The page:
But with World Trade Center, it’s all too clear that Stone’s hands weren’t simply tied. They were handcuffed, wrapped in plastic, encased in concrete and chained to his feet -- all by the weight of the events and emotion of Sept. 11, 2001.
While watching the film, it’s hard to not be impressed by the no-nonsense opening and the tasteful way Stone handles the terrorist attacks on the World Trade Center buildings. The film opens with John McLoughlin (Nicolas Cage) and Will Jimeno (Michael Peña) waking up in the early morning hours and going to work at the New York City Port Authority Police Department. They shower, they change into uniform, they go to roll call, they go off to their assigned stations. Then an airplane hits one of the towers and they’re called to duty at the World Trade Center.
Stone swiftly moves us from the mundanity of the everyday – Jimeno recognizes a regular panhandler at a bus station and interacts with him as if they’ve been through the same routine a hundred times – to the extraordinary of that day – going into a towering inferno armed with nothing more than a desire to help people and do a good job. He similarly deftly handles the confusion and adrenaline of the initial moments of the terrorist attacks by showing our heroes unaware that the second tower was ever hit with another plane when the tower they’re in comes collapsing down on them.
And up to this point, when John and Will are pinned under rubble, hearing their comrades dying and watching literal glimmers of hope of being rescued get enveloped by the twisted steel and stone pinning them down, World Trade Center is positioned as a wonderful character study of these two first-responder heroes.
But then something awful happens: Stone is seized by the weight and expectation of the still-raw emotion of 9/11.
After a handful of minutes in the dark, dusty tomb John and Will are in, we’re taken abruptly out into the shimmering, idyllic daylight of suburban New York where John and Will’s families, wholly independent of one another, are witnessing the terrorist attacks unfold on TV. We meet John’s wife, Donna (Maria Bello), and his kids and friends, Will’s wife, Allison (Maggie Gyllenhaal), and his extended family. We also meet firefighters in Wisconsin and a retired military man in New England. And in every case, these scenes and lives are presented in such a syrupy nostalgic way that Norman Rockwell would have blushed.
This might not be that big of an issue, but Stone keeps our attention far too long on these scenes and much too little on the men trapped under the World Trade Center. Worse, the characters that make up John and Will’s families aren’t really that interesting. Where John and Will are more nuanced sketches of standard American grit and heroism -- John Wayne could easily have filled in for Nicolas Cage -- their families are painted in broadstrokes. Allison is a tough-as-nails Jersey girl. Her parents are carefree, waspy types. Will’s parents are doting Hispanics that speak only when spoken to, and even then they say very little. John’s kids are brats, his wife a stereotypical stay-at-homer. Bello and Gyllenhaal especially do more with their roles than “World Trade Center” is entitled to. They’re given very little to do outside of being shattered, anticipatory widows wringing their hands waiting for the bad news.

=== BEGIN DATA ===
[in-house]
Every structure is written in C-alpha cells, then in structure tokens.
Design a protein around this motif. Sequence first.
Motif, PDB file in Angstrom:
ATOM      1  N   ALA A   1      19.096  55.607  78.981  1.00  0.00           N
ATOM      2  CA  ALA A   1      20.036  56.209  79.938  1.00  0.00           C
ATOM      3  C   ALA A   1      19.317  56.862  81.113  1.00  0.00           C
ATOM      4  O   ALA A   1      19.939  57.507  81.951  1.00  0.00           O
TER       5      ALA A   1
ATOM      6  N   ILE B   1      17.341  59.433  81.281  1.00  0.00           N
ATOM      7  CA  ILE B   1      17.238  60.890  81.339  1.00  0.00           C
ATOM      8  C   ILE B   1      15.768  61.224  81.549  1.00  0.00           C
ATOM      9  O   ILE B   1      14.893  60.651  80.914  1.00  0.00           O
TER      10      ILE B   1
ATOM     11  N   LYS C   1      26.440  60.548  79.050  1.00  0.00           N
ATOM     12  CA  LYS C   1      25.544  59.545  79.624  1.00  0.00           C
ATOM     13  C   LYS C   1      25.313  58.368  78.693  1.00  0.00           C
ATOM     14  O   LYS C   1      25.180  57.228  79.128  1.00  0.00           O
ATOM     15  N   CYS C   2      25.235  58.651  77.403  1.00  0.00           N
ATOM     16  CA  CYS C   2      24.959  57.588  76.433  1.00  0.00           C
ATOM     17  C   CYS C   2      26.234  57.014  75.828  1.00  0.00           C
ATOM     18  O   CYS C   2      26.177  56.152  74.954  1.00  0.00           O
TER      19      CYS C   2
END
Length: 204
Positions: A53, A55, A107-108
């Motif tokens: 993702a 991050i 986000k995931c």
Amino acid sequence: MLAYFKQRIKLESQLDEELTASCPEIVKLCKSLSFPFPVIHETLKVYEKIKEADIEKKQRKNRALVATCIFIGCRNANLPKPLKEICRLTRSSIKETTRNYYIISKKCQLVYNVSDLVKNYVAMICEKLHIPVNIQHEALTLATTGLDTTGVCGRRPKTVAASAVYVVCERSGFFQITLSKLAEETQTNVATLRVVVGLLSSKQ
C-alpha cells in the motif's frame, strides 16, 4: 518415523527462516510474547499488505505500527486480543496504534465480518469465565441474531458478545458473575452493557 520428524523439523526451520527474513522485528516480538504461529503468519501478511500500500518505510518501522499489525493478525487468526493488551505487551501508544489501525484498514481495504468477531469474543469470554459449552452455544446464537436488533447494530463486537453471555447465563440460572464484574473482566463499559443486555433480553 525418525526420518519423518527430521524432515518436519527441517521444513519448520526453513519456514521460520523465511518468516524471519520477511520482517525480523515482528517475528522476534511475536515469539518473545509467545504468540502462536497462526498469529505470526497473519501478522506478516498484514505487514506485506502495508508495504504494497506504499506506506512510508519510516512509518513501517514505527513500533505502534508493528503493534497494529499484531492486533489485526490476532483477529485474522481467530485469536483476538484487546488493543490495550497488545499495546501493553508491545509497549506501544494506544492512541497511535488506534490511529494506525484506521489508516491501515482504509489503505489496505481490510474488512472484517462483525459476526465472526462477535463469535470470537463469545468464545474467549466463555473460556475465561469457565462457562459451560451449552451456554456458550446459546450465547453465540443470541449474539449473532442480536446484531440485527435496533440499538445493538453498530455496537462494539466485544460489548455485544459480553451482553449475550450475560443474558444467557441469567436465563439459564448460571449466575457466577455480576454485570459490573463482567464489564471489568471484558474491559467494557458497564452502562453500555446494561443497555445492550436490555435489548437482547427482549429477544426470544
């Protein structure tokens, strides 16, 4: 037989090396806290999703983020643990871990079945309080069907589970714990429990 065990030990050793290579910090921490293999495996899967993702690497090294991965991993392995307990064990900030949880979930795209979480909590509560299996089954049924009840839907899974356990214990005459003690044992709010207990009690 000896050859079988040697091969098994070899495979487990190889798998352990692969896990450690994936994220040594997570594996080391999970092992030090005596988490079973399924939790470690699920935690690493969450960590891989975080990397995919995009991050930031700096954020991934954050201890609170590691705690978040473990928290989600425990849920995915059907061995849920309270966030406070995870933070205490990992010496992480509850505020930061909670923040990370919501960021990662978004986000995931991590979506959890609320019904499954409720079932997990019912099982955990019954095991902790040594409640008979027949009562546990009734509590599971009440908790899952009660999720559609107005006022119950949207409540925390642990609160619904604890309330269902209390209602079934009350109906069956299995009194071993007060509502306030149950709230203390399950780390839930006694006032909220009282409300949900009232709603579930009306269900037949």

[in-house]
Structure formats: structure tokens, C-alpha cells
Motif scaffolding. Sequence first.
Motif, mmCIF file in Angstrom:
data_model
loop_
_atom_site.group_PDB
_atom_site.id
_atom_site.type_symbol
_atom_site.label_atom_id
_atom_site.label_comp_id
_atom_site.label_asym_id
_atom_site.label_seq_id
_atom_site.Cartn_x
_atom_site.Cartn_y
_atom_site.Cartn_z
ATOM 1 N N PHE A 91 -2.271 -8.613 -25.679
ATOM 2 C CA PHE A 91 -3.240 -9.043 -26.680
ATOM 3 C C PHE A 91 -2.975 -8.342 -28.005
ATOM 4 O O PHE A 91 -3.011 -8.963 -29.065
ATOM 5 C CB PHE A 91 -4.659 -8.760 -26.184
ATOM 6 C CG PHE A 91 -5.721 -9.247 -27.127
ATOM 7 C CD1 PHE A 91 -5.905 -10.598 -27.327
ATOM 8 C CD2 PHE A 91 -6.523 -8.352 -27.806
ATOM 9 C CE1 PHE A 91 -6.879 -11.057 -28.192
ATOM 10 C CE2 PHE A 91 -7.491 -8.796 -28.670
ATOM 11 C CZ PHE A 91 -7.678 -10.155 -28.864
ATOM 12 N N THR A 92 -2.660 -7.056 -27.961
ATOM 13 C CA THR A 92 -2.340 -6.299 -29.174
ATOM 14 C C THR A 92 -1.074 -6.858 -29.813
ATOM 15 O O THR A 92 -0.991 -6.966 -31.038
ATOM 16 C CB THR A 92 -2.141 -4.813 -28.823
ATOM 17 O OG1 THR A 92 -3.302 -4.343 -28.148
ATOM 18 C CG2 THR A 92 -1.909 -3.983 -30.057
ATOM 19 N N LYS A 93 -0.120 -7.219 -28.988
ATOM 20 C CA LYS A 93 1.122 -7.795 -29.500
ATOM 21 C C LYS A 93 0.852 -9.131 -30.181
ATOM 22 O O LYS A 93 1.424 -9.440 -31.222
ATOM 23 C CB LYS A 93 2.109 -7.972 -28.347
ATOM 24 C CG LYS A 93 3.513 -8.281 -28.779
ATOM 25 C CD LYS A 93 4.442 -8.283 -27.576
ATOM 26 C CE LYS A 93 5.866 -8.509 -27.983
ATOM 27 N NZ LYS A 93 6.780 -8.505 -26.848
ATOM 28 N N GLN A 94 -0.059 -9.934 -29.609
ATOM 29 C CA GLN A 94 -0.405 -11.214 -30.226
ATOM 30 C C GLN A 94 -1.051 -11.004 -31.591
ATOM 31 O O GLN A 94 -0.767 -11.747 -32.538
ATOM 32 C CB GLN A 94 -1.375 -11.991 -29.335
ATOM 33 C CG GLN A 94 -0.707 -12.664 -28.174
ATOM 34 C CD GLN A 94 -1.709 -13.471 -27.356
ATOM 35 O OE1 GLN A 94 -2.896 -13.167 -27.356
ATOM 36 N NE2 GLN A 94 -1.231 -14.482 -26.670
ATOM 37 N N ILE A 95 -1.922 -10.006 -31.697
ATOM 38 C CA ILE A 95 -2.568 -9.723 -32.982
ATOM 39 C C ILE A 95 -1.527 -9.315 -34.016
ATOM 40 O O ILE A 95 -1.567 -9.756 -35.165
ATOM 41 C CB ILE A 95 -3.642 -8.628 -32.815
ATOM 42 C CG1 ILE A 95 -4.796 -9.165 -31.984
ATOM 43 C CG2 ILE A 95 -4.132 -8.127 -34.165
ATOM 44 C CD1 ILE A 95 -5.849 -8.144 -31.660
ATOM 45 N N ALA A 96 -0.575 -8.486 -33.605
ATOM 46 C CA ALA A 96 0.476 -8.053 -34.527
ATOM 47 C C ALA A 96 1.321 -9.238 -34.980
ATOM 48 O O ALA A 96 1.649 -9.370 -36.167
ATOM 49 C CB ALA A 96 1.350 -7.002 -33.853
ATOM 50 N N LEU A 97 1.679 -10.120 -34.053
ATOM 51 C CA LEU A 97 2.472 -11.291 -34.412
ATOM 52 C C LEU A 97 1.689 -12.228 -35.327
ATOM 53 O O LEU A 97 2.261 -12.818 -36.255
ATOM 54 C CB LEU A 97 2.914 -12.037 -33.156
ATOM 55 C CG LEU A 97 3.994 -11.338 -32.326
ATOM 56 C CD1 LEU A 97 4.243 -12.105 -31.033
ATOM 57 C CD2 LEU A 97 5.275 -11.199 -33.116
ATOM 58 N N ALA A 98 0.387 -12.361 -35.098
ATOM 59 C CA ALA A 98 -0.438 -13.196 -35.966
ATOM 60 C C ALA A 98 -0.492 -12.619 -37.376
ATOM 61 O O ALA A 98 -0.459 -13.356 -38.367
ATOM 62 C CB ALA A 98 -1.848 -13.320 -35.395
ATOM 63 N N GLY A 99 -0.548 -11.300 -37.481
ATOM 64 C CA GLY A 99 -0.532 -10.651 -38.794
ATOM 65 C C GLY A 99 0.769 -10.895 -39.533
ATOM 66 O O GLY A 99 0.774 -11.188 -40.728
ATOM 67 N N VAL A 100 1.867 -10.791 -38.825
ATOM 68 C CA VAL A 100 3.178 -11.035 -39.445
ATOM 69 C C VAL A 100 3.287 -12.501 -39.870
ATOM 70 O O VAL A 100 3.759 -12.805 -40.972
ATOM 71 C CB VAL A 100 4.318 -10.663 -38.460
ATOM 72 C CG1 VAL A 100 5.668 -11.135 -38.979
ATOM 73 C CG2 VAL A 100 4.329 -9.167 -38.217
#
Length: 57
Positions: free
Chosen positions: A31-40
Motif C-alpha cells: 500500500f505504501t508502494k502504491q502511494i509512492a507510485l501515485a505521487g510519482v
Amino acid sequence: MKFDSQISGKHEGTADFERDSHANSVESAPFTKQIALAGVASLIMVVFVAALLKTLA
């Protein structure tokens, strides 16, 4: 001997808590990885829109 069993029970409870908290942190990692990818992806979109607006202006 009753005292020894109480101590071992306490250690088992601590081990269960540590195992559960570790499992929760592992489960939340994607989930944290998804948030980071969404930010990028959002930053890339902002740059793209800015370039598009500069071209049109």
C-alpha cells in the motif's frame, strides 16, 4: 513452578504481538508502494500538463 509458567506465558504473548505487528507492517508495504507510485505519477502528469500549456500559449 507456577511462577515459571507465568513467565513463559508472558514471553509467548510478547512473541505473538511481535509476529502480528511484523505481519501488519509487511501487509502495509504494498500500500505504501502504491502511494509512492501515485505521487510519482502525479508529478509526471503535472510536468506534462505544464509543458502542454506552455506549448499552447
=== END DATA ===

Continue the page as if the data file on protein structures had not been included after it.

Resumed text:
But not always. We’re given moments, when we’re back in the tomb with John and Will, of the two men remembering moments of their lives with their wives and how important their spouses are to them and how they’re keeping the men alive. These scenes are extraordinary in their ability to convey more about relationships and characters than any scene in “real-time” of those outside of the tomb.
It’s hard not to think that if this were Stone in his prime, he would have shut out the calls to be respectful to the events of 9/11 and done something audacious with this device to create a more effective picture, rather than one of sentimental pap. One such thing could have been internalizing every other major character in the film, making them only appear as memories and moments in the minds of two people struggling for life with no water, little air and no hope. The only time the wives and kids and such would appear in reality would be at the end of the film, when the men are rescued and away from the destruction. This would have made for a more effective tool for expressing how important Donna and Allison are to John and Will, especially when stacked next to how they’re actually portrayed in World Trade Center.
There are other problems with the film – it feels too flat, the ending is extraneous, the script is about as bare as can be, the direction is at times stilted – but this disparity between the tomb and suburbia is the one that stings the most. The Oliver Stone of JFK, Nixon, and most appropriately Natural Born Killers -- a film where all past relationships are internalized as memories, television shows or other pop culture devices -- would not make a film like World Trade Center.
Had the powers-that-be waited a few more years to embark on the endeavor of making it – rather than crassly trying to cash in on the fifth anniversary of 9/11 -- World Trade Center could have been a fine fictional document of the event. But they didn’t, and the result is a half-baked want-to-be character epic that accomplishes only being a marginally entertaining late-summer blockbuster triviality.